Mona Lisa, “La Joconde” in French, is one of the most emblematic portraits in the international history of painting. Painted by Leonardo da Vinci in the 16th century, Mona Lisa entered the collections of the courtyard of France to finally be part of the artworks exhibited at the Louvre Museum in Paris.
It is said that the Mona Lisa is an artwork that Leonardo da Vinci invited by King François I, would have brought with him to France.
The story mentions that a feminine portrait was with the Italian artist and scientist during his stay at the Castle of Clos Lucé (also called Manor of Cloux) next to Amboise (castle of the Loire).
The Mona Lisa was then a part of the Royal collections to be exhibited at the Palace of Versailles during the reign of Louis XIV. She took up residence in the Louvre only in 1797.
The composition technique of the Mona Lisa makes it one of the most studied works in the history of art by apprentice artists. It is appreciated for its very modern framing. Like a portrait that could have been painted nowadays. More subtly, optical effects are created by the location of the eyes of a young woman and her discreet smile. Some people say that one has the impression of being constantly observed by the Mona Lisa, whatever the position from which one looks at it.
This anecdote demonstrates the scientific and anatomical knowledge of Leonardo da Vinci. As for the famous smile of Mona Lisa, testimonies narrate that a group of musicians played during the painter’s work, so that she kept this joyful attitude.
The Legend of the Mona Lisa
It is undoubtedly the mysteries that have surounded Mona Lisa which has led her to acquire such fame. But is it really Lisa who is represented? It is reported that Leonardo Da Vinci sponsor of the painting was a noble installed in Florence. Twice widowed, Francesco del Giocondo married in 1495 a young woman named Lisa.
It is this story that gave the name by which this amazing painting has been named. Yet another theory holds that the young woman represented a favorite of Julian de Medici, leader of the Florentine Republic. Until today, the mystery has still not been resolved.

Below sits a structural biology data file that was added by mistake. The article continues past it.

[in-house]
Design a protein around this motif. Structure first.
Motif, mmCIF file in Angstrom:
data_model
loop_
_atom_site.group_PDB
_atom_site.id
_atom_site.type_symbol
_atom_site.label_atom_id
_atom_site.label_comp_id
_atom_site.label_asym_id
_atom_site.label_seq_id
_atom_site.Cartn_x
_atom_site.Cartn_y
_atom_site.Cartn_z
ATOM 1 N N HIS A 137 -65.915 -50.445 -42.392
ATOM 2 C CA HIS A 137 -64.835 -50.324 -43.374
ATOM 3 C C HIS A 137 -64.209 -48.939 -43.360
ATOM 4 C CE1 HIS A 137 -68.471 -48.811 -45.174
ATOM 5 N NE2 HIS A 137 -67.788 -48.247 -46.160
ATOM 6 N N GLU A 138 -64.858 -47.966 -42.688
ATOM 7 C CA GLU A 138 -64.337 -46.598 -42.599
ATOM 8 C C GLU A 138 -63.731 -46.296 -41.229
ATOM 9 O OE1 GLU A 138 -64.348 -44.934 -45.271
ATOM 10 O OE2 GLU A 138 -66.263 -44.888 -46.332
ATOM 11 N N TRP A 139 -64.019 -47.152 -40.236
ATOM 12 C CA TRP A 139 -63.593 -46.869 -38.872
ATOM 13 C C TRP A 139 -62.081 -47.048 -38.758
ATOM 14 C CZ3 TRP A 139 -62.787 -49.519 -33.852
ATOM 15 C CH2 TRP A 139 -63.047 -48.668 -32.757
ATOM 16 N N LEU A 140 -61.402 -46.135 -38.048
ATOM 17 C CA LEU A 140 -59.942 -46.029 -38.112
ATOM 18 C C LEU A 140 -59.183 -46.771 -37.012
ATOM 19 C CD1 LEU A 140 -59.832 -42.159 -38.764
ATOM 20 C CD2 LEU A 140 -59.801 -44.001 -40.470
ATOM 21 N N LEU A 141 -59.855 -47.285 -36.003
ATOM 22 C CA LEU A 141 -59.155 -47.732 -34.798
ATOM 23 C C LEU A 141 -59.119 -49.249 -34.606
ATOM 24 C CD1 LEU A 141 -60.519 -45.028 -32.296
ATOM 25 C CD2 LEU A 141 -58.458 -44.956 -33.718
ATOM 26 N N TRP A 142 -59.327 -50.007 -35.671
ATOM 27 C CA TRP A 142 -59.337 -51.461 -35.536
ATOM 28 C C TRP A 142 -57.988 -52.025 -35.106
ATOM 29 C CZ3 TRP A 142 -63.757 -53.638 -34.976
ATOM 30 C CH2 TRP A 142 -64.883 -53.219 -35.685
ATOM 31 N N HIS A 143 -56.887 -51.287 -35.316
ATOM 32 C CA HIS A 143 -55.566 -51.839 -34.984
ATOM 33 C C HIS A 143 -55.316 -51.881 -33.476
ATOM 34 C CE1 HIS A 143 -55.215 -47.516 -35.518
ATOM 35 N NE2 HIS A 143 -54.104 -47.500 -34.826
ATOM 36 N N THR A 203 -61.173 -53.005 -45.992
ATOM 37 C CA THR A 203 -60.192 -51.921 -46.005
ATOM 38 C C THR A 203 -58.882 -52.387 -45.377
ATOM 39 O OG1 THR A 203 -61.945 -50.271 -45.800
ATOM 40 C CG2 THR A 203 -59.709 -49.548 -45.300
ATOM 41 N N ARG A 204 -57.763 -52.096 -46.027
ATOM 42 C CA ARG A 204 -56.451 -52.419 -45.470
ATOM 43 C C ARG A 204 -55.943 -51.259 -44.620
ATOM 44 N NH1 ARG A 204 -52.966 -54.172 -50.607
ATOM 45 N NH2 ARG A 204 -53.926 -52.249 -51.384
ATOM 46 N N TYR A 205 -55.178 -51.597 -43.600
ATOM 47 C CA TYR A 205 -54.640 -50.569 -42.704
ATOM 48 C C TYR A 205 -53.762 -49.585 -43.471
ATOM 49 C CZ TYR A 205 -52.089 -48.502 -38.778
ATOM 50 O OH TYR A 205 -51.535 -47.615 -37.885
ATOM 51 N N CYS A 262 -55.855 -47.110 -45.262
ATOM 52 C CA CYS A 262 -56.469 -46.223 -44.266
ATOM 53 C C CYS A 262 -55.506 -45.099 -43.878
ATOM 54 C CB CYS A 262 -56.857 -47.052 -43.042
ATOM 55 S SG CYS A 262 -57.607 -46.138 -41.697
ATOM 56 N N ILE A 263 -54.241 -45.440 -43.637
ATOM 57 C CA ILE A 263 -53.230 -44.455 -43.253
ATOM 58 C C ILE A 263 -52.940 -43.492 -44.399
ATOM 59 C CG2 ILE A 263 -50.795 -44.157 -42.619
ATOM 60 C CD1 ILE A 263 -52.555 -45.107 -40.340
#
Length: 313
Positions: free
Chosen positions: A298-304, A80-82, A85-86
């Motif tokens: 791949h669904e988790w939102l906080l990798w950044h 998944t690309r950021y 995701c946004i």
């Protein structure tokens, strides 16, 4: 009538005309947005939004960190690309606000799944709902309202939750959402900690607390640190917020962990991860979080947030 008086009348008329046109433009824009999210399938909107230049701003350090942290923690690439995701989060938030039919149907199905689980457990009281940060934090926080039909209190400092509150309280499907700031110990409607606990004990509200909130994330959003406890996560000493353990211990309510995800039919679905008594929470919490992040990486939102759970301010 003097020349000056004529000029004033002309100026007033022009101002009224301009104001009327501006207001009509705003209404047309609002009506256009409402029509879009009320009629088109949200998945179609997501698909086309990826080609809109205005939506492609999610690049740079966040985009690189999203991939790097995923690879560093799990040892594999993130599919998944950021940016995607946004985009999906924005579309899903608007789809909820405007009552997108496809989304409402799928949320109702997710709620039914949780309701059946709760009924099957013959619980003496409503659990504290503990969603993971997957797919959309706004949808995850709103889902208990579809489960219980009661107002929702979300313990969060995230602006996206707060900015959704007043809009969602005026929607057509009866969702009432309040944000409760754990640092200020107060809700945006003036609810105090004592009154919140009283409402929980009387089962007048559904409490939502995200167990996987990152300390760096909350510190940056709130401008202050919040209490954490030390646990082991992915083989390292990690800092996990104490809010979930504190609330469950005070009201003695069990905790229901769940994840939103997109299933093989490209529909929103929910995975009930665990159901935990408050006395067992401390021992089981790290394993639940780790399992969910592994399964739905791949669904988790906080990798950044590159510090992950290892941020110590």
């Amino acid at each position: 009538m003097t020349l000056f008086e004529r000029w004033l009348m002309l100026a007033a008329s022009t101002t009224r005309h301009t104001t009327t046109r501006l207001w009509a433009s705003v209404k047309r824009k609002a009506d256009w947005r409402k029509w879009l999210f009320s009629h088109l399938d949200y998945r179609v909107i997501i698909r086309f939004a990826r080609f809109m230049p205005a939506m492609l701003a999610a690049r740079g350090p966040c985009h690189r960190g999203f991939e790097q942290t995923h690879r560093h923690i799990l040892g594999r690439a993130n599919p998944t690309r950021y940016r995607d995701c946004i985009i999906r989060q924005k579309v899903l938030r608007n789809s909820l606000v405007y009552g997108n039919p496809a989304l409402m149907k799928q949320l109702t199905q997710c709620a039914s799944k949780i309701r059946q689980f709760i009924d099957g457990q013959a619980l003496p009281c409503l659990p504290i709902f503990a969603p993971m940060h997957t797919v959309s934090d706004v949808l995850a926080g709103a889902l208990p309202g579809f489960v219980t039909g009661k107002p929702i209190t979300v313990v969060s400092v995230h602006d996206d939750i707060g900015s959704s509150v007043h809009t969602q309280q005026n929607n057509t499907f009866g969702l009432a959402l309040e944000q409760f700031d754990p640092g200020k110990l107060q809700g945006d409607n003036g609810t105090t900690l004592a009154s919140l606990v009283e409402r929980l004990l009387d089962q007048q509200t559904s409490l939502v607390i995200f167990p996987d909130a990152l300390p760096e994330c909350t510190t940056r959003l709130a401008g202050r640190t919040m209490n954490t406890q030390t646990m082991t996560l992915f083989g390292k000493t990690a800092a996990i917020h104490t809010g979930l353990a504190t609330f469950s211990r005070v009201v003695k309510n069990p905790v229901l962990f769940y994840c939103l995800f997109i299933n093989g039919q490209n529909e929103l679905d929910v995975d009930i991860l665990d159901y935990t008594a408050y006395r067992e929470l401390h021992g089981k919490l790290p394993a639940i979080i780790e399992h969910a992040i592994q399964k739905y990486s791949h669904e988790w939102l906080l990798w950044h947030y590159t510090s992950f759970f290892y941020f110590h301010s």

The Mona Lisa became popular to the international set in 1911 after it’s robbery. The press seizes the event: one wonders who was able to steal the Mona Lisa, why and how? The portrait is returned, the thief was a very chauvinist Italian named Vincenzo Peruggia. His act had the ambition of restoring work to his native country.
The Mona Lisa in popular culture
In 1919, Marcel Duchamp did not hesitate to reinterpret the portrait of Mona Lisa and deliver his own version. By writing “LHOOQ” to read “look” in English, each letter read one at a time in French makes a jingling joke. In 2003, the novel of Dan Brown sold at more than 80 million copies gave a new dimension to the Mona Lisa. This masterpiece artwork is in the center of one of the mysteries set forth in the Da Vinci Code, the esoteric polar novel.
The Mona Lisa in Urban Art
More recently, street artists and graffiti artists took over the icon of Leonardo da Vinci. Banksy had fun diverting the beautiful Lisa by equipping her with a rocket launcher, Okuda painted her in geometric shapes and color on a tower of the 13th district of Paris, Hopare has honored her in one of his finest works, an urban artist represented her naked in Seoul, Os Gemeos dressed her with Blue Jeans and cap with a beer in her hand, another graffiti represents her wearing the mask of the famous hacker group Anonymous …
In short, whether it is with humor or simply a reinterpretation of the work Mona Lisa will long be a source of inspiration for artists. The Mona Lisa has not ceased to amaze all of us!
Here is a selection of street art and graffiti artworks dedicated to Mona Lisa.
Mona Lisa on the WALL:
All pictures by courtesy of the artists and from the web